Releasing the Inner Kraken
by Eric K. Arnold
Performance artist Jessica Tully has a thing for water. And a fascination with creatures of the deep. To her, the octopus represents a divine sense of interconnection, of a singular consciousness manifested eightfold, as well as fluidity of motion and an advanced—and possibly alien—intelligence whose true mysteries have yet to be fully revealed.
Perhaps no other ocean denizen—not even the whale or shark—has been mythologized as much as the cephalopod. The octopus, for example, is ubiquitous to the folkloric culture of coastal and island peoples: it figures prominently in ancient Minoan, Greek, Tunisian, and Peruvian civilizations, and the Hawaiian creation myth holds that octopi are extraterrestrial beings, the last survivors of an advanced race from a primordial universe. The German word for octopus, “krake,” has become immortalized as the monstrous Kraken—celebrated in poem by Tennyson and referenced in literary works by Victor Hugo, Jules Verne, and H.P. Lovecraft. Examples of cephalopodic influence on cinema include French silent film auteur Jean Peleve, as well as the Hollywood sci-fi and fantasy epics “Clash of the Titans,” “20,000 Leagues Under the Sea,” “The Abyss,” and “Pirates of The Caribbean: Dead Man’s Chest.”
That’s just the tip of the tentacle. Like Lovecraft’s dead god Chulthu, the octopus has long resided in our subconscious. For the Japanese at least, it’s always had sexual connotations. An octopus is the object of erotic desire in the 19th-century woodcut “The Dream of the Fisherman’s Wife,” while probing, phallic tentacles are the means by which innocent schoolgirls are brought to multi-orgasmic climax in hentai, or anime porn.
Moreover, the octopus has regularly surfaced in contemporary pop music, from the trippy ‘60s psychedelia of the Beatles’ “Octopus’ Garden” to the moody, swirling ‘70s rock of Jefferson Starship’s chart-topping album Red Octopus, to the eight-handed percussive orchestrations of the Invisibl Skratch Picklz’ ‘90s turntablist opus “Invasion of the Octopus People.” As uttered in the two “Clash of the Titans” films (made three decades apart), the line “release the Kraken” has become a pop culture catchphrase, spawning numerous YouTube videos—both reverential and parodic.
At September 28’s “Octopus in Space,” an SFMOMA Open Space event spotlighting the octopus in all its eight-limbed glory, Tully and her invited guests, environmentalist Adam Werbach and marine biologist Richard Ross, brought an adventurous group of museum-goers closer to releasing their inner Kraken.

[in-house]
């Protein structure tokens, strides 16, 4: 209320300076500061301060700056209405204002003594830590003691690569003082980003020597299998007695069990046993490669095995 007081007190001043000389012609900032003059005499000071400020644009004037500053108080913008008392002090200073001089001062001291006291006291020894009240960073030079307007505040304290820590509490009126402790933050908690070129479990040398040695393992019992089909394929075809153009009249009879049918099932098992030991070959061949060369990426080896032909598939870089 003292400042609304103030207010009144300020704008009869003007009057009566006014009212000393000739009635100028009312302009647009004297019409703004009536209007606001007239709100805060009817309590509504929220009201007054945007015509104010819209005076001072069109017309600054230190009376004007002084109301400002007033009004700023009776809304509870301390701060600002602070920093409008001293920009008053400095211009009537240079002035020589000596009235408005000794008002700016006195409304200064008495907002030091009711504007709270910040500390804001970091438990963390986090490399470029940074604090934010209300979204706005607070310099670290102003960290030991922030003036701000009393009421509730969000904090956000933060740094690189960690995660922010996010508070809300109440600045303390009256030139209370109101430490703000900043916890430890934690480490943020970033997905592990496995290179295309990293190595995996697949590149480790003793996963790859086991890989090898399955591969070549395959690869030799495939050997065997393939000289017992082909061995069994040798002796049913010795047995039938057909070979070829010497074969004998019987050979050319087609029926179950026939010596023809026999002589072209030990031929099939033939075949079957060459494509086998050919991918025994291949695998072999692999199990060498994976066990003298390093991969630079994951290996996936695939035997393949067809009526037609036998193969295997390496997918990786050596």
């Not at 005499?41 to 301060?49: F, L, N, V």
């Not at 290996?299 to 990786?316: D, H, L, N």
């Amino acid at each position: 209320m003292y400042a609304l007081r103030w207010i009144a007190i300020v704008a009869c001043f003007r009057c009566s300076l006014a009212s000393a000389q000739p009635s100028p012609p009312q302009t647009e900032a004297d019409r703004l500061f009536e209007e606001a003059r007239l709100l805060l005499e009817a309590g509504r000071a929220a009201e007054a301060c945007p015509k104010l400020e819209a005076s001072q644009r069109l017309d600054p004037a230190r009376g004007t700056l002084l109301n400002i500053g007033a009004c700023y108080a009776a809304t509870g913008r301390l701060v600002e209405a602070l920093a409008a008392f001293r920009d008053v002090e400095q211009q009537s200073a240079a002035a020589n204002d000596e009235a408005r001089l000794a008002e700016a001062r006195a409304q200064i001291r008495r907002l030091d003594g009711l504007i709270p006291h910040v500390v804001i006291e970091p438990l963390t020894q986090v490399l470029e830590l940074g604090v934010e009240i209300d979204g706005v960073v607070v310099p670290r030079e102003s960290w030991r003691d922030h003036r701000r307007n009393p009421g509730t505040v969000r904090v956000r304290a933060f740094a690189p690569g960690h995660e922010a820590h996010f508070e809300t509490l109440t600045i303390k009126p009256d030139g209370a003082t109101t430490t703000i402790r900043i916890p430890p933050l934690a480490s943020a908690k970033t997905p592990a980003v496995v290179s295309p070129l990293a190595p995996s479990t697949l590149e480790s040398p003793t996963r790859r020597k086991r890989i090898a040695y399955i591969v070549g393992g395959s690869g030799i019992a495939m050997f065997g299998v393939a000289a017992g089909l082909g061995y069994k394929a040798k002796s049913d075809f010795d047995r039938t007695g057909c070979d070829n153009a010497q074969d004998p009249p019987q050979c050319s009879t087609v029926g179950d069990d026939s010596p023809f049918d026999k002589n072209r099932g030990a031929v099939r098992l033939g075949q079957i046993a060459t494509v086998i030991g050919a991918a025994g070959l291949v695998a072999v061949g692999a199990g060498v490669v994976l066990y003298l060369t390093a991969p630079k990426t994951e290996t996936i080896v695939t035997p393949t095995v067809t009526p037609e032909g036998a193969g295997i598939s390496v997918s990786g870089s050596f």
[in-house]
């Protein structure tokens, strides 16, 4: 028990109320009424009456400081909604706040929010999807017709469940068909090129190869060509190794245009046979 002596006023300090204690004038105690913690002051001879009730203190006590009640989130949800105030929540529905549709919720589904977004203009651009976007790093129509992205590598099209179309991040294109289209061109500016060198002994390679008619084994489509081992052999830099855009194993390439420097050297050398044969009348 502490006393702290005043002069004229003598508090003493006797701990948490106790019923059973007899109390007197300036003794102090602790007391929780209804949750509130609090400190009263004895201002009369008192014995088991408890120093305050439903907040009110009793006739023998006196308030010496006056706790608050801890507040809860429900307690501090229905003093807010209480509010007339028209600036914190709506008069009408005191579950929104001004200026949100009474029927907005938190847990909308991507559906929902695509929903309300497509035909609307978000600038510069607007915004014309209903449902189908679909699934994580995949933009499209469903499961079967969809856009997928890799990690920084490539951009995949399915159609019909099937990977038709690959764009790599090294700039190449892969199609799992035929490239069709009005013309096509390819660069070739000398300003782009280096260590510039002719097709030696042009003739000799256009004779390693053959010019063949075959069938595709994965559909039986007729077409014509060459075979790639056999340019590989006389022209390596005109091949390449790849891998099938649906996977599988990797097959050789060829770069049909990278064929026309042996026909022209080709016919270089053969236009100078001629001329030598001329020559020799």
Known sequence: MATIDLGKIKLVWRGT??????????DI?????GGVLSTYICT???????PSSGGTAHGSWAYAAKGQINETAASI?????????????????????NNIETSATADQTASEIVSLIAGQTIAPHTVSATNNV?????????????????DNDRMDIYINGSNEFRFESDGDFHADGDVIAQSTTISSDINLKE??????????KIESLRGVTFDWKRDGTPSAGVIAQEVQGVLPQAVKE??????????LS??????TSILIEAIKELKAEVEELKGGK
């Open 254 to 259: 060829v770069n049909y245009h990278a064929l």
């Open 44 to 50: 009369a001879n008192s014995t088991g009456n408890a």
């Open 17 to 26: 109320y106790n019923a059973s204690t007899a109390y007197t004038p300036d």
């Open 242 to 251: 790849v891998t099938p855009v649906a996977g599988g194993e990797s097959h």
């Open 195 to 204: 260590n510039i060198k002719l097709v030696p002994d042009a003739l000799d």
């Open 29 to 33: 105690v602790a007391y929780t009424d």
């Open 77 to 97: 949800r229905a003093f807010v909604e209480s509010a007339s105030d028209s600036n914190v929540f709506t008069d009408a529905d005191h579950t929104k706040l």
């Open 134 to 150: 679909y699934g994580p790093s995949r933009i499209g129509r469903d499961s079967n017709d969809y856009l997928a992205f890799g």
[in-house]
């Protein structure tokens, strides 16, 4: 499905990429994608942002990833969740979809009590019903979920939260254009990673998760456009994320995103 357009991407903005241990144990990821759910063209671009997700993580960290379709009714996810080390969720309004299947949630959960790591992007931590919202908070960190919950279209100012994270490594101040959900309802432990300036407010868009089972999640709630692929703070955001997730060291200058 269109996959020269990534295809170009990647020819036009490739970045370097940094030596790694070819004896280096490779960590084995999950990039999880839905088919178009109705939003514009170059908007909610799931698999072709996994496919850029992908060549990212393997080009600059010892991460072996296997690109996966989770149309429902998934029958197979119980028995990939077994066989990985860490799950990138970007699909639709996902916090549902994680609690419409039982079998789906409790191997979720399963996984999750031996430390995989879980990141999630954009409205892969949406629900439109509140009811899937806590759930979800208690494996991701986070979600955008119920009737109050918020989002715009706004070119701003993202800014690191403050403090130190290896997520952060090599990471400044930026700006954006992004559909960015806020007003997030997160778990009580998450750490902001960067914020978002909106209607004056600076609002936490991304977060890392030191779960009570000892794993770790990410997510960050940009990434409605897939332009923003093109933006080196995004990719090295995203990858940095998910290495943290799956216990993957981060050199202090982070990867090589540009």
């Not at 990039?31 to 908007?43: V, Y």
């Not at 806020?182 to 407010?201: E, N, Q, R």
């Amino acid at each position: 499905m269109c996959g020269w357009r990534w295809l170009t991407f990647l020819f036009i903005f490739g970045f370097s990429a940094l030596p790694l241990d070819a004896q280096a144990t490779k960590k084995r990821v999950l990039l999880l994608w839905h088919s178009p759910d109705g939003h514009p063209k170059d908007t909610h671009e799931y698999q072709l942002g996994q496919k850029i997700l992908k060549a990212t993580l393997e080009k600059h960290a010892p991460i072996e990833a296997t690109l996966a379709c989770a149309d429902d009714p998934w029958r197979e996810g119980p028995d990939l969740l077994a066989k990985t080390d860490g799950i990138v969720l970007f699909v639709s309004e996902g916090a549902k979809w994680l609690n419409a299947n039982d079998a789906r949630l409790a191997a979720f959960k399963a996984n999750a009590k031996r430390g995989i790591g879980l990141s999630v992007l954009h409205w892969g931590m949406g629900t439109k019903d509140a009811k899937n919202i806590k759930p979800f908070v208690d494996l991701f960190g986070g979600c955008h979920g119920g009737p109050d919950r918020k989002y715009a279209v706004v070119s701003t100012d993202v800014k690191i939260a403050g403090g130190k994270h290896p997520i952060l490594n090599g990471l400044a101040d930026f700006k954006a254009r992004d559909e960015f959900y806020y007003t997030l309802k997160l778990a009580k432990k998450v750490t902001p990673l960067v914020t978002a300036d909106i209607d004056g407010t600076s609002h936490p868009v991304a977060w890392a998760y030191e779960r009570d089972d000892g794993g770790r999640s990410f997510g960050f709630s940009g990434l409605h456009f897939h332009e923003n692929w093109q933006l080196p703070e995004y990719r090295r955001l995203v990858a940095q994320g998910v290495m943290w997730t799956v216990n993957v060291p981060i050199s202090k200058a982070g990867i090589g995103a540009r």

“We’re going to spend some time unpacking ideas about this otherworldly animal,” Tully explained. To assist with the thought process of discussing cephalopod–related concepts, red circular shapes, representing the grippy, suction cup-like pads on an octopus’ tentacles, traced a path between the speakers and the audience. Meanwhile, videos projected on wall-mounted TV screens showed octopi in various stages of perambulation—including walking upright across the ocean floor, using two tentacles as “legs,” while the other six limbs moved independently, like the arms of Hindu deities.
The discussion which followed pretty much confirmed that the mollusk family member, of which there are over 300 different species, is the coolest creature ever.
An octopus has three hearts and can sense colors that they can’t see with their eyes. It can shape-shift; communicate through strobing, colorful patterns of light; use what Ross termed “a hydro-mechanically-adaptive form of jet propulsion”; live in all types of marine environments; and defend itself against predators with its inky discharge. However, “they can’t sink ships,” Ross said, debunking a long-standing seafarers’ fable.
In a metaphysical sense, the octopus can be seen as a metaphor for the evolution of consciousness, a completely adaptive lifeform able to transform its physical dimensions as needed. Tully says the octopus also symbolizes concepts like collective activity, oneness, and flexibility, as well as heightened sensuality and tactile awareness.
Octopi have interesting sex lives—they’ve been known to copulate for as long as 44 hours consecutively—and the polyamorous, libidinous female plays an active role in such couplings, sometimes killing her mate if the event is unsatisfactory or of insufficient duration. Such tendencies, Tully theorizes, reinforce feminist notions of liberation, sex-positivity, and empowerment. Which lines right up with the infamous final fight sequence in the James Bond film “Octopussy,” in which a bevy of belly dancers seductively subdue a squad of armed male guards through guile, cunning, and distraction.
Once the floor was opened up, the Open Space attendees appeared eager to speculate on what it might mean to have a cephalopod cerebellum—or eight.
“How would we be different if we had brains in our arms?,” Werbach queried. An audience member replied: “if we were able to shift what our bodies are like, the way we view ourselves and the way we view our bodies would be very fluid.” In other words, no more body-image or diversity issues; if we were octopi, maybe we’d accept ourselves (and others) for who we (and they) are. Or, as the Beatles imagined in “Octopus’ Garden,” oh we could be so happy, you and me, no one to tell us what to do.